I had emailed some quotes off to a client this week with Genworth Life and Annuity, a major player in no lapse guarantee UL’s and in this case the best rate class offer I had received when shopping the case. She went on line and found out that Genworth has been downgraded recently to A by AM Best from A+, Superior to Excellent, and from AA to A with Standard and Poors, from Very strong to Strong.
I personally put most of my faith in AM Best as a rating agency for life insurance companies and won’t quote companies without an A or better rating. Having said that I will never push my opinion of ratings on anyone. In the case of the Genworth quotes I simply asked the client if they had a company they would rather I go with, or a threshold for ratings that they want me to stick. Far more important than my opinion is the customer comfort with what they are buying.
But let’s talk ratings. Everyone knows that our country was actually downgraded this year and virtually all of the European countries were just downgraded with the exception of Germany. The US was downgraded by Standard and Poors from AAA to AA+, Extremely Strong to Very Strong, at a time when our government couldn’t decide whether to stay at $13 trillion in debit or allow our country to go even further in debt.
It is hard to put in context how ratings work in a world that is financially dancing on hot coals it seems. When a country is totally upside down in debt the way the US is with literally no conceivable way of righting the ship, they get downgraded from Extremely strong to Very Strong. When a life insurance company has a bad year, but makes a profit and if they needed to could cash out and pay all of their debt, they get downgraded by the same margin. Doesn’t make sense to me, but they didn’t make me the King of the Rating Agencies.
Life insurance ratings have always favored companies that deal primarily in cash value life insurance, whole life and universal life versus term. The reason for this isn’t rocket science. Companies like New York Life, USAA and Northwestern Mutual are cash cows of the largest size. When virtually every policy you sell is supported by its’ own internal cash, which shows on the balance sheets of the company, they tend to look stronger on paper than a company that is very big in term insurance or universal life with a no lapse guarantee, policies that are guaranteed through reserves held by the company that, by law, have to meet the projected mortality risks. they have the ability to pay claims which is really what it’s all about.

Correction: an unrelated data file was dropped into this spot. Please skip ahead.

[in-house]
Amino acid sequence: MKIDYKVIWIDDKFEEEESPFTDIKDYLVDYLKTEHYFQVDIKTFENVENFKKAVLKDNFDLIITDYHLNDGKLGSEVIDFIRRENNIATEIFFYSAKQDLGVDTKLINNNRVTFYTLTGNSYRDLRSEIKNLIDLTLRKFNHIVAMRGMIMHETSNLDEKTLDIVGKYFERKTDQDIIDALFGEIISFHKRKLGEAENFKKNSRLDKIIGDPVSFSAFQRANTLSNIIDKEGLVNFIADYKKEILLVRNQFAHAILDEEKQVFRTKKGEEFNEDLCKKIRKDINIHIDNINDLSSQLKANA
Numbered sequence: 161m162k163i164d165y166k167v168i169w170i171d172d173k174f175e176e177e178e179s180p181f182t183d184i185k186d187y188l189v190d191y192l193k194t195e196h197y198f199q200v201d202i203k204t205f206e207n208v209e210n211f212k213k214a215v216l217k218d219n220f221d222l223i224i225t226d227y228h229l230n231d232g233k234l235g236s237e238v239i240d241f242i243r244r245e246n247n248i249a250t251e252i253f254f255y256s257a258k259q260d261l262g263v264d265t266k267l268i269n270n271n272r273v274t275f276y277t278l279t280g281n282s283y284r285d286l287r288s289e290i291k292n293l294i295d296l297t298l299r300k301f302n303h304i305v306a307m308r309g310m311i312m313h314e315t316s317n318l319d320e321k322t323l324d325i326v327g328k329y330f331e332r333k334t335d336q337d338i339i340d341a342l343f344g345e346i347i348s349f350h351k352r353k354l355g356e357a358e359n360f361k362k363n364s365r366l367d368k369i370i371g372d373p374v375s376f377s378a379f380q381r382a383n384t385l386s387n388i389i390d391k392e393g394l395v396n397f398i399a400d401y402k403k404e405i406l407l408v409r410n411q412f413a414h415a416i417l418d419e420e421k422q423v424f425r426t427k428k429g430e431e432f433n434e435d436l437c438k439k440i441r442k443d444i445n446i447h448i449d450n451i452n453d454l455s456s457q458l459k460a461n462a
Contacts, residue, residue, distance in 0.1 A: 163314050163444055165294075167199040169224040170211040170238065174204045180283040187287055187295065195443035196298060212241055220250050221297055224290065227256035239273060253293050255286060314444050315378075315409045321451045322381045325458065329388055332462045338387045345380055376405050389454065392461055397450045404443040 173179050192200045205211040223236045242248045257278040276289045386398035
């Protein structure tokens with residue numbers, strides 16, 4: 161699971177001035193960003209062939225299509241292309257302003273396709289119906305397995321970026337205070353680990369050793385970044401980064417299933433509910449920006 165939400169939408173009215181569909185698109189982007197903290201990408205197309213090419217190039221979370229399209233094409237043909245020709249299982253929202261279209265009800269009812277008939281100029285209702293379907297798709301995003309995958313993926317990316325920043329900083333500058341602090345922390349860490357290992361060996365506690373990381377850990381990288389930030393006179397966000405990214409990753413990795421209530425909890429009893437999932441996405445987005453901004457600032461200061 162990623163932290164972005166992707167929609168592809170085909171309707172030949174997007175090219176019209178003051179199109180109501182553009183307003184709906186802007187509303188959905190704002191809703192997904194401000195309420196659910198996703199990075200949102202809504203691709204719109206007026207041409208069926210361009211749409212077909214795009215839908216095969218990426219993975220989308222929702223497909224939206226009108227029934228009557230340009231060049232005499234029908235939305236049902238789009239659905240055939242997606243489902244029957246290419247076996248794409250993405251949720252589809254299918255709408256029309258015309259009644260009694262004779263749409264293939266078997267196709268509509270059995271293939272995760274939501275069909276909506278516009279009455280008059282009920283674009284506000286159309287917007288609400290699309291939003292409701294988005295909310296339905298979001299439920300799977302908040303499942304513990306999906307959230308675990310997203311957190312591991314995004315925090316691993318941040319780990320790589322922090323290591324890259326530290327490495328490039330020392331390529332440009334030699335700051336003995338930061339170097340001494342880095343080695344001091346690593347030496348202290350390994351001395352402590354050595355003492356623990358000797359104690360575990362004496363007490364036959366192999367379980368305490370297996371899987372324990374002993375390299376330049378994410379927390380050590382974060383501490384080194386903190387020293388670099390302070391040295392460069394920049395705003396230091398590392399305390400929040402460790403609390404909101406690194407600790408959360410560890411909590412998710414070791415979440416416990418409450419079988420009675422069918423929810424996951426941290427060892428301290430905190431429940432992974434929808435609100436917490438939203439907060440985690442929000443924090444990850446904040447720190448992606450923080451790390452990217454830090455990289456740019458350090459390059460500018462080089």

But let’s look at Northwestern Mutual who have historically had the highest ratings available from all the rating agencies, giving them a Comdex score of 100%. Standard and Poors recently gave them the same downgrade that they gave the the US, from AAA to AA+. Northwestern Mutual kind of poo pahed the whole thing, basically insinuating that Standard and Poors got up on the wrong side of the bed. Are they too far in debt or in danger of defaulting on anything? No.
Then there’s New York Life. You would think that a company that has the highest ratings from every rating service known to mankind would be in a financial position to offer a better selection of products to AARP. The AARP/New York Life marriage has screwed our older adult population for years, but of course none of those ratings say anything about integrity.
Look at Prudential Life, the Rock. Prudential Financial was No. 2 in FORTUNE® magazine’s 2011 World’s Most Admired Companies ranking in the Insurance: Life and Health category. While their ratings are good, they aren’t by any means at the New York Life level. Maybe Fortune looks at integrity because Pru is one of those companies that is known for doing good things. I don’t know of any of their products that jilt old folks.
One of the things ratings don’t take into account is that even if a company slides down hill far enough that they have to be sold, some larger cash rich company will buy the business and by law, they have to keep all of the prices and guarantees intact. The only thing that changes is that you make your premium check out to another company.
Bottom line. Ratings are in my thinking over rated. To be ignored? No. But a closer look at other aspects of a company may reveal what the rating companies don’t. I don’t ignore them. As I mentioned, my benchmark for a company I will quote is AM Best A rated or better. If you have any questions or want to tell me I’m a ratings idiot, comment on this post. If you are concerned by a recent downgrade of an insurance company where you have life insurance, call or email me directly. Let’s talk.